You’ve been an on-air commentator at Westminster for a number of years. Did that role prepare you to step onto center stage?
Dr. Donald Sturz: Absolutely. I was committed to my role as a judge and took the responsibility of the moment very seriously. I was thrilled but also humbled. The Westminster Dog Show is an international media event being viewed all over the world, live. Through my role as an on-air analyst, I have learned a great deal about the television production side of the equation. Timing is crucial and having the content be meaningful, engaging, and entertaining is essential. It’s important for the viewing audience at home to feel a connection. I wore a microphone and tried to be audible with my conversations with the handlers and my interactions with the dogs. Maintaining a good but unrushed pace, I attempted to share the upbeat energy I was experiencing.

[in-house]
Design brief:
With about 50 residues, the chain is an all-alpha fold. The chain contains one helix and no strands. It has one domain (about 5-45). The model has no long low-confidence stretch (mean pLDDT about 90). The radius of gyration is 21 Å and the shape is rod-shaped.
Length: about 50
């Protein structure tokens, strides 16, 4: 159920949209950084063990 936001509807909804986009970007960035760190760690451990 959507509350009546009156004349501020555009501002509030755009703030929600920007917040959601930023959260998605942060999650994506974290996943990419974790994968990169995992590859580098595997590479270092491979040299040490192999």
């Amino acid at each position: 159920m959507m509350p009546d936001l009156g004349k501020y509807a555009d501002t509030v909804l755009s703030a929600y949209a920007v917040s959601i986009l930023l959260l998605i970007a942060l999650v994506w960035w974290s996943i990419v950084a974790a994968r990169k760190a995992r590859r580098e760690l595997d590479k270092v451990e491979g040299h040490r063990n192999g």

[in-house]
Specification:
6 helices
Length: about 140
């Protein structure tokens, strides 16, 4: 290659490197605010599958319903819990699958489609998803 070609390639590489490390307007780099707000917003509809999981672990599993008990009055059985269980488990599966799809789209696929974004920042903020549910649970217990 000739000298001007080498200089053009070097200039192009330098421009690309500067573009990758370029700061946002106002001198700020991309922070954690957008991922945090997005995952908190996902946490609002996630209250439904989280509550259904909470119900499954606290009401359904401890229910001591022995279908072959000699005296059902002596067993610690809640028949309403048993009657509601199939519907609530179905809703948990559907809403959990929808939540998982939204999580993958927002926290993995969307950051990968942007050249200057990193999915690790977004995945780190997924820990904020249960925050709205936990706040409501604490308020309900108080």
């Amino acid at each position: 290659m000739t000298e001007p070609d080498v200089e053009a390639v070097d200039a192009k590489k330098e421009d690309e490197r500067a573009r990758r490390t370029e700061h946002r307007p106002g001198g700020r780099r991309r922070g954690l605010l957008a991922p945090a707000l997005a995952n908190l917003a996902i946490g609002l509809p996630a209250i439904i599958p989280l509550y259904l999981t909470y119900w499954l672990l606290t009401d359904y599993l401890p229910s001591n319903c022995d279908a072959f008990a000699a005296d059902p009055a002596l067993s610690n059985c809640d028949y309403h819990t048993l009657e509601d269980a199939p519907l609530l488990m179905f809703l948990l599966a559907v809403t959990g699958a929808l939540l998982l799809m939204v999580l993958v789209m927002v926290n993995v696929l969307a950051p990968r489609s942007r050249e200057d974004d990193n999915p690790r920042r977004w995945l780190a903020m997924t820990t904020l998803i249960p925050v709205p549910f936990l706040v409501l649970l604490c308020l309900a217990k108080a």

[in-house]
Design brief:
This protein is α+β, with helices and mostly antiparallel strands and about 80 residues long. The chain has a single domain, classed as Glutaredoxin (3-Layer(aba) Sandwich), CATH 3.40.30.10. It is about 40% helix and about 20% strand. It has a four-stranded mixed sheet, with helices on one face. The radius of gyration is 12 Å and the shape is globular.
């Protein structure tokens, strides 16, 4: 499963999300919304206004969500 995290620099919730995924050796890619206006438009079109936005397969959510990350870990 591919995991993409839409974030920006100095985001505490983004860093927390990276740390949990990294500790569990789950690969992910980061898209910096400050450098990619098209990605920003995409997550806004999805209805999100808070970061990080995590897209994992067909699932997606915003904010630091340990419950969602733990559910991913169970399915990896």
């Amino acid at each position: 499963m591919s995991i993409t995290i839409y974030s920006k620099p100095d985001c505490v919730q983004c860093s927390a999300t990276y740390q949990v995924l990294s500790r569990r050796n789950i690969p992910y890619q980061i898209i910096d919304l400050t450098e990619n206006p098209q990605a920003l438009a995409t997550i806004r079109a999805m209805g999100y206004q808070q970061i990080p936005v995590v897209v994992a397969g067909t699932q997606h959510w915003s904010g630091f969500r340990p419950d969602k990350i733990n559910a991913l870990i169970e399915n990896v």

Breed judging was live-streamed each day, and Groups were featured live on Fox Sports. How important is this coverage?
Dr. Donald Sturz: The media coverage is incredibly important. It creates broad access and allows more people around the world to be included. It also serves to inform the public about our sport and highlights the value of purpose-bred dogs and the important role that dogs play in human lives.
Could you say a few words about Westminster’s significance to the sport of dogs in the 21st Century?